Yesterday Commissioner Thompson has referred the ongoing process of negotiating your wages and conditions to arbitration.
We started bargaining with the government for a wage increase and improvements to working conditions more than 9 months ago.
Together members voted in 2018 to put forward a list of claims for fair wages, secure jobs, real consultation provisions, safer workplaces and so much more.
As you know on 13 February this year the government put forward their last offer and 87% of Together members voted to reject it. It still didn’t address your key concerns. There was still no improvement in wages for workers at the lowest pay levels and nothing else of note in the offer.
Commissioner Thompson thanked everyone for their perseverance and hard work in trying to reach an agreement, but noted that without the government moving on the wages quantum he did not believe that workers should be kept waiting any longer and has now made a referral to arbitration.
What does this mean for you?
The immediate effect of this referral is that any members currently taking protected industrial action must now stop doing that. We cannot take protected action while we are in arbitration.
If you have any questions about this, please do not hesitate to contact the union office.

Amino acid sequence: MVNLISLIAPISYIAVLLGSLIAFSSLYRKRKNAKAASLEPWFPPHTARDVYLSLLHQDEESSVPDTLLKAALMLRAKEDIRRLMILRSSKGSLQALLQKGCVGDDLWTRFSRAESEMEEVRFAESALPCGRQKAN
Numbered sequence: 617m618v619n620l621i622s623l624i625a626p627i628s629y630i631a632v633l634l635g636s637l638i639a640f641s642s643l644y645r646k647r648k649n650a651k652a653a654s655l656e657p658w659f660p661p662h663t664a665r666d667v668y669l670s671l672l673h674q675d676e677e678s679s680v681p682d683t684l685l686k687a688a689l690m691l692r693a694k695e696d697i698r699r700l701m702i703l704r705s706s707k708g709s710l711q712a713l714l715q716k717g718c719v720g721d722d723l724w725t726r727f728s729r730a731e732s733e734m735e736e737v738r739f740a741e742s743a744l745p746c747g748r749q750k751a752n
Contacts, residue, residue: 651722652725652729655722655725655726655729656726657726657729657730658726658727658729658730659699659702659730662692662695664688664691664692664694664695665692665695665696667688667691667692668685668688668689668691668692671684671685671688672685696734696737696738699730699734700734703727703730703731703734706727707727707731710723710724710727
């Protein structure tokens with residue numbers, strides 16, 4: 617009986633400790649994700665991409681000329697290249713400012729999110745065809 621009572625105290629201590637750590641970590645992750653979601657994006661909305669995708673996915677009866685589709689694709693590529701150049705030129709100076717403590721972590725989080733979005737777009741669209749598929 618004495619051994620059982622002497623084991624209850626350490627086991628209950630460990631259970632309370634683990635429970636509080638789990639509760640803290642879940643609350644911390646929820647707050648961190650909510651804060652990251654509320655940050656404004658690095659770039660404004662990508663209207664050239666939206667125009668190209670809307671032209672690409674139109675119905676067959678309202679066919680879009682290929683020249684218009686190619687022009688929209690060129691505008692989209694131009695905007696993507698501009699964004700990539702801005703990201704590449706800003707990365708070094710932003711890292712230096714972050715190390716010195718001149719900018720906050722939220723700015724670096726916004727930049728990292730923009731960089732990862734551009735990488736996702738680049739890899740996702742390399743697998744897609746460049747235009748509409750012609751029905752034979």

The process of arbitration takes time. It is not a quick fix, but members have clearly said what the government has offered is not good enough. So the good part of arbitration is that your claims are still alive but there will not be a quick breakthrough.
Your Together delegates will be meeting next week to work through the process issues and start preparing the evidence for the arbitration.
I will send more information as we have it about the interim processes and the timeframes for the arbitration.
I know that this is not where we expected to be when you and your fellow members voted on your claims in March last year. However, we are now in the hands of the independent umpire.
Congratulations on standing strong for a fair deal. The work you do is important, and you deserve to be recognised for it.